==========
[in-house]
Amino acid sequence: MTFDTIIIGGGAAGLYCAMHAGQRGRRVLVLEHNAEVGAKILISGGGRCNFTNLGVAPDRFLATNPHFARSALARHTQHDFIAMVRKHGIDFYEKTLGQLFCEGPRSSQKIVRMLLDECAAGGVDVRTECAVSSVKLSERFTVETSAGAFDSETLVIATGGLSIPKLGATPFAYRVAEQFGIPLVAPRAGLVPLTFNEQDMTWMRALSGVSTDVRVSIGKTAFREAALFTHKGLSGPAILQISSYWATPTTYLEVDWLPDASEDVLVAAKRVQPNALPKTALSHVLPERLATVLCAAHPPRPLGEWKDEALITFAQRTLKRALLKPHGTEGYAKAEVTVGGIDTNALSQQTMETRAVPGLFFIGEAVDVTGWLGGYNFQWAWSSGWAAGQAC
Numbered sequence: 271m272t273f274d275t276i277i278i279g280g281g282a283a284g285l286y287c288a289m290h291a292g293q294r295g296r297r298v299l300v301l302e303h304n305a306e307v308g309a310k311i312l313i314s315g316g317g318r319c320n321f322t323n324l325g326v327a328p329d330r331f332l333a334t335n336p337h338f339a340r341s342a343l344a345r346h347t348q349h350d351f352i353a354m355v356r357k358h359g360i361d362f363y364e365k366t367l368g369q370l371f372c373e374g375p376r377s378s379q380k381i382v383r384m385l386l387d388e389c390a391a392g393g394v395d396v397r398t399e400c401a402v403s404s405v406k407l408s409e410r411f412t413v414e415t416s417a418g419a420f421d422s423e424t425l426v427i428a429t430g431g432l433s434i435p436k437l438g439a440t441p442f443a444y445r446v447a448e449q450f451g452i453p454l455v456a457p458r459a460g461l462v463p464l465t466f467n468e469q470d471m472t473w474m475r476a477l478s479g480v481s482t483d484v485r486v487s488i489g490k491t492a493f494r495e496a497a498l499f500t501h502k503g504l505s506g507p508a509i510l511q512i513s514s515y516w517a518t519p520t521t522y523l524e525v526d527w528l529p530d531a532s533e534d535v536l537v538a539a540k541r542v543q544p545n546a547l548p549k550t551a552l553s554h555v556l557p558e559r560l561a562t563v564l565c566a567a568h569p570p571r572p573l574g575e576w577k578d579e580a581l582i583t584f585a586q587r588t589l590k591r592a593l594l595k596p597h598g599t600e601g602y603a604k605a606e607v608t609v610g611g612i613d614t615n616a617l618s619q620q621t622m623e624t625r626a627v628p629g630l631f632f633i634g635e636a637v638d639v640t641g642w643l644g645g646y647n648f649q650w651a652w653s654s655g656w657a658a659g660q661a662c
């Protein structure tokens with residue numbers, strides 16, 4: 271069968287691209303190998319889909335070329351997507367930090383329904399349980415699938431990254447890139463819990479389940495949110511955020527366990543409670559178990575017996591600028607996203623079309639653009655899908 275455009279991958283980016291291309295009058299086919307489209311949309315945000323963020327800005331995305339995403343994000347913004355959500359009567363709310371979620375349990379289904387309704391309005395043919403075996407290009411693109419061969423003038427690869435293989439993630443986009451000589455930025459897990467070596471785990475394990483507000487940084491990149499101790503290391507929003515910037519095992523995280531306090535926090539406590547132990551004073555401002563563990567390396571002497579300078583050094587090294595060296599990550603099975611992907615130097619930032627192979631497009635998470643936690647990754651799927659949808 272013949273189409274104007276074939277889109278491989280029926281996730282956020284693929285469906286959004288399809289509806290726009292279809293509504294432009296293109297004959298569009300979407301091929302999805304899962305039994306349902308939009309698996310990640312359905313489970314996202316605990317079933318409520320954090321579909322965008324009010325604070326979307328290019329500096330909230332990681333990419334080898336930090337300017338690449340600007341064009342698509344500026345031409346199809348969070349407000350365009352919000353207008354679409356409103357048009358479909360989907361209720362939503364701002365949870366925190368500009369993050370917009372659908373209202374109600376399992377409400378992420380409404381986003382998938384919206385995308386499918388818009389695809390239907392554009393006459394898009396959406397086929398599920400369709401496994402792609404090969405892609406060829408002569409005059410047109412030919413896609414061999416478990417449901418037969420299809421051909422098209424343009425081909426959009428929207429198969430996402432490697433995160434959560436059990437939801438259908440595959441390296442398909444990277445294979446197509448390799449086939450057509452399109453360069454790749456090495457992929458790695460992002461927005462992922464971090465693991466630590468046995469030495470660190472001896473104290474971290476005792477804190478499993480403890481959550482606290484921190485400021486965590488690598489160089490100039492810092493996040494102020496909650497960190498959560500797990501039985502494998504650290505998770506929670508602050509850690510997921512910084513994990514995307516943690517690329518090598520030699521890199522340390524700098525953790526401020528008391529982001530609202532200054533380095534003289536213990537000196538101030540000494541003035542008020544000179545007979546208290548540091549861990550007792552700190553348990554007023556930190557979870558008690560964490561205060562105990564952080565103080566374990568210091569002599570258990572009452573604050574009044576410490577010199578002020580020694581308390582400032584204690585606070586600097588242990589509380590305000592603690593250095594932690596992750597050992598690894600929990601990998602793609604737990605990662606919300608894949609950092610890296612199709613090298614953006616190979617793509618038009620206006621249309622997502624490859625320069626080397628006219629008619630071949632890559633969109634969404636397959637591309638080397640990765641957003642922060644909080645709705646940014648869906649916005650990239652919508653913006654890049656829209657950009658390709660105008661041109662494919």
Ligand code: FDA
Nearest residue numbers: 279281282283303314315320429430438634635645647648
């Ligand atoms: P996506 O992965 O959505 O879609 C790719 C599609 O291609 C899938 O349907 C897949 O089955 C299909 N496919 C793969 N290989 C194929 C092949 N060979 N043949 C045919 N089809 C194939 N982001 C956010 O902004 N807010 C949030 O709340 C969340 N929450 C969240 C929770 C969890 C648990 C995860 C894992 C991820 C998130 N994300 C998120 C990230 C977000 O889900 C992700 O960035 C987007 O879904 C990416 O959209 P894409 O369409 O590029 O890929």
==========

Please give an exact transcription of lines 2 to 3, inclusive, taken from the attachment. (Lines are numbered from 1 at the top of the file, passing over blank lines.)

Amino acid sequence: MTFDTIIIGGGAAGLYCAMHAGQRGRRVLVLEHNAEVGAKILISGGGRCNFTNLGVAPDRFLATNPHFARSALARHTQHDFIAMVRKHGIDFYEKTLGQLFCEGPRSSQKIVRMLLDECAAGGVDVRTECAVSSVKLSERFTVETSAGAFDSETLVIATGGLSIPKLGATPFAYRVAEQFGIPLVAPRAGLVPLTFNEQDMTWMRALSGVSTDVRVSIGKTAFREAALFTHKGLSGPAILQISSYWATPTTYLEVDWLPDASEDVLVAAKRVQPNALPKTALSHVLPERLATVLCAAHPPRPLGEWKDEALITFAQRTLKRALLKPHGTEGYAKAEVTVGGIDTNALSQQTMETRAVPGLFFIGEAVDVTGWLGGYNFQWAWSSGWAAGQAC
Numbered sequence: 271m272t273f274d275t276i277i278i279g280g281g282a283a284g285l286y287c288a289m290h291a292g293q294r295g296r297r298v299l300v301l302e303h304n305a306e307v308g309a310k311i312l313i314s315g316g317g318r319c320n321f322t323n324l325g326v327a328p329d330r331f332l333a334t335n336p337h338f339a340r341s342a343l344a345r346h347t348q349h350d351f352i353a354m355v356r357k358h359g360i361d362f363y364e365k366t367l368g369q370l371f372c373e374g375p376r377s378s379q380k381i382v383r384m385l386l387d388e389c390a391a392g393g394v395d396v397r398t399e400c401a402v403s404s405v406k407l408s409e410r411f412t413v414e415t416s417a418g419a420f421d422s423e424t425l426v427i428a429t430g431g432l433s434i435p436k437l438g439a440t441p442f443a444y445r446v447a448e449q450f451g452i453p454l455v456a457p458r459a460g461l462v463p464l465t466f467n468e469q470d471m472t473w474m475r476a477l478s479g480v481s482t483d484v485r486v487s488i489g490k491t492a493f494r495e496a497a498l499f500t501h502k503g504l505s506g507p508a509i510l511q512i513s514s515y516w517a518t519p520t521t522y523l524e525v526d527w528l529p530d531a532s533e534d535v536l537v538a539a540k541r542v543q544p545n546a547l548p549k550t551a552l553s554h555v556l557p558e559r560l561a562t563v564l565c566a567a568h569p570p571r572p573l574g575e576w577k578d579e580a581l582i583t584f585a586q587r588t589l590k591r592a593l594l595k596p597h598g599t600e601g602y603a604k605a606e607v608t609v610g611g612i613d614t615n616a617l618s619q620q621t622m623e624t625r626a627v628p629g630l631f632f633i634g635e636a637v638d639v640t641g642w643l644g645g646y647n648f649q650w651a652w653s654s655g656w657a658a659g660q661a662c